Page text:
Construction Law

Is Your Construction Site Safe From a Hurricane? Part 4 featured image

Is Your Construction Site Safe From a Hurricane? Part 4

Hurricane Michael was one of the strongest hurricanes to strike the United States in the last fifty years. When a Category 4 or Category 5 hurricane makes landfall, it can devastate entire cities and put the citizens’ lives in peril. In this four-part series, a Florida construction lawyer is discussing the necessary steps a contractor needs to follow to ensure that their construction site is safe before and after a storm arrives.

In sections one, two, and three, we educated you on developing a safety plan, purchasing the right gear to prepare, and the steps that need to be taken to secure your site. In this final section, we will discuss assessing the aftermath of a hurricane.

Using Good Judgment

No two hurricanes are the same; however, safety precautions must always be performed in the same way. With that being said, deciding whether or not to evacuate the area or find some shelter from the storm can be a tough judgment call. Some projects will need a hurricane ride out team to be present to immediately help in the aftermath of a hurricane. Regardless, once a storm arrives, every worker needs to stay inside.

After the Storm

When contractors receive notice that they can return to the job site, the first step is to assess the damage. Two of the major concerns when entering the job site are standing water and poor infrastructure. Here are some tasks that will need to be accomplished after the storm:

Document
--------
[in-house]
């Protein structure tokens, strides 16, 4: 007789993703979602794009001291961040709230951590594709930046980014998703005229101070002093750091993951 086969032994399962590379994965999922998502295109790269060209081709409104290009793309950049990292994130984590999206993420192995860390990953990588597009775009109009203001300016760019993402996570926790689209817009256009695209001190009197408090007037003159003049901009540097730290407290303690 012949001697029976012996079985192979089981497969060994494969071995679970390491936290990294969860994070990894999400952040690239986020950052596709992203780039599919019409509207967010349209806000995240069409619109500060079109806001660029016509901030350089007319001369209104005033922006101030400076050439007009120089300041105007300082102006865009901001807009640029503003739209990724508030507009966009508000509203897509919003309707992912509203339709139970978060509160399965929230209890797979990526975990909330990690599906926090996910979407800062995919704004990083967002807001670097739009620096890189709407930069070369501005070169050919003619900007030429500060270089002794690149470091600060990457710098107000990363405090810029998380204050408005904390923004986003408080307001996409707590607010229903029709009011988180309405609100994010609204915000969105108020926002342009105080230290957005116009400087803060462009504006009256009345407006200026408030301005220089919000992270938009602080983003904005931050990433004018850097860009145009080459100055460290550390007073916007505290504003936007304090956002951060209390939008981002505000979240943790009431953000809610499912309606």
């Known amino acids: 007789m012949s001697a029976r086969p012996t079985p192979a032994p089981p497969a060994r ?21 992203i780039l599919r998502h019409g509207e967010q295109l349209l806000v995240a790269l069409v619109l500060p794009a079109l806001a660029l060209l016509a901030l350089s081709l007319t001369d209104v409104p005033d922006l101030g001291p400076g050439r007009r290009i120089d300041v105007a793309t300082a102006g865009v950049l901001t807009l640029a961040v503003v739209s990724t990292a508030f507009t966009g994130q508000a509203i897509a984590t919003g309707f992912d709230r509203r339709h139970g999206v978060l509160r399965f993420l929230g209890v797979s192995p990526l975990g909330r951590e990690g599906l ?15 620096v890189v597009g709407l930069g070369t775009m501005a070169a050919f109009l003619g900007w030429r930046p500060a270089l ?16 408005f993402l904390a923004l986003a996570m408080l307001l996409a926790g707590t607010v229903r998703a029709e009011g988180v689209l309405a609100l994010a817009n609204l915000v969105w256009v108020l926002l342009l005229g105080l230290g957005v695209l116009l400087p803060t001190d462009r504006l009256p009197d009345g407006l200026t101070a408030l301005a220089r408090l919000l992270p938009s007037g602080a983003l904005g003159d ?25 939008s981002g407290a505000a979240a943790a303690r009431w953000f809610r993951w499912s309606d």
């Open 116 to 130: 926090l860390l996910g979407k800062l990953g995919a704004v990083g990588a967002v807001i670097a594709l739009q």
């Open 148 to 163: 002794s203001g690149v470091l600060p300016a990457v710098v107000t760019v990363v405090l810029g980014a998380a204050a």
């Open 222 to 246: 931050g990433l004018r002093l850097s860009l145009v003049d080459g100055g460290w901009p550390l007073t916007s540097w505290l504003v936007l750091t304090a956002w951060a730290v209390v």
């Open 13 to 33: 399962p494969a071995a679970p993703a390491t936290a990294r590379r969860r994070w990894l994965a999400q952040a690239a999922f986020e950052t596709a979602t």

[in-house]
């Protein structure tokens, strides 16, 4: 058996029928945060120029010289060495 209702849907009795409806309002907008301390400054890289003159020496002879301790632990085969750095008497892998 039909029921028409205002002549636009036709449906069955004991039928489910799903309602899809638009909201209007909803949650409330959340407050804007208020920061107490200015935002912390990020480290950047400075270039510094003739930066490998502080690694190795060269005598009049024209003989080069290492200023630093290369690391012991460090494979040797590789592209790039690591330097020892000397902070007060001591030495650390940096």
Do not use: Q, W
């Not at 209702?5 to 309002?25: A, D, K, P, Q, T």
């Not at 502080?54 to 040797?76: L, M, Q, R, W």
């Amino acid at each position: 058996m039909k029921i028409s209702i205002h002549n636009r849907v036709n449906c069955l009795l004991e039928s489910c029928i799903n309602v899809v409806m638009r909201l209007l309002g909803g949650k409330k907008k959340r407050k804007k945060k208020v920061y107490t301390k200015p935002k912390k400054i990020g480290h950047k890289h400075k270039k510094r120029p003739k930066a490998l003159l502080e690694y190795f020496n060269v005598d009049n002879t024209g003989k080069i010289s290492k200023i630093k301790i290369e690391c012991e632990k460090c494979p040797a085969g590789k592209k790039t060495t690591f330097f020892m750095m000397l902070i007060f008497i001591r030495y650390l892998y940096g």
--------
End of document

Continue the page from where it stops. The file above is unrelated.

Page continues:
• Remove Wreckage: Contractors will need to shift their focus from building to potentially tearing down or removing wasted materials. You can rent dumpsters and assemble a team to remove materials that were destroyed in the storm.
  • Remove Water: Standing water from flooding is not only a serious safety risk, it can also lead to water damage impacting a structural foundation of a project and its soil. Ideally, a pump system should be installed before the storm arrives, but after the storm, any standing water will need to be removed by an emergency vacuum tanker truck. Dehumidifiers and fans can also be utilized to dry areas.
  • Workforce: Dealing with the aftermath of a hurricane can be a challenging process as many team members may have evacuated town with their families. Establishing a workforce and getting back to work can take weeks or longer depending on the severity of the storm. It’s important to have everyone’s contact information beforehand so you can check in on them after the storm. From here, you can coordinate a return to work schedule for your workforce.

If you would like to speak with a Jacksonville construction litigation attorney, please contact us today.

Disclaimer: The information contained in this article is for general educational information only. This information does not constitute legal advice, is not intended to constitute legal advice, nor should it be relied upon as legal advice for your specific factual pattern or situation.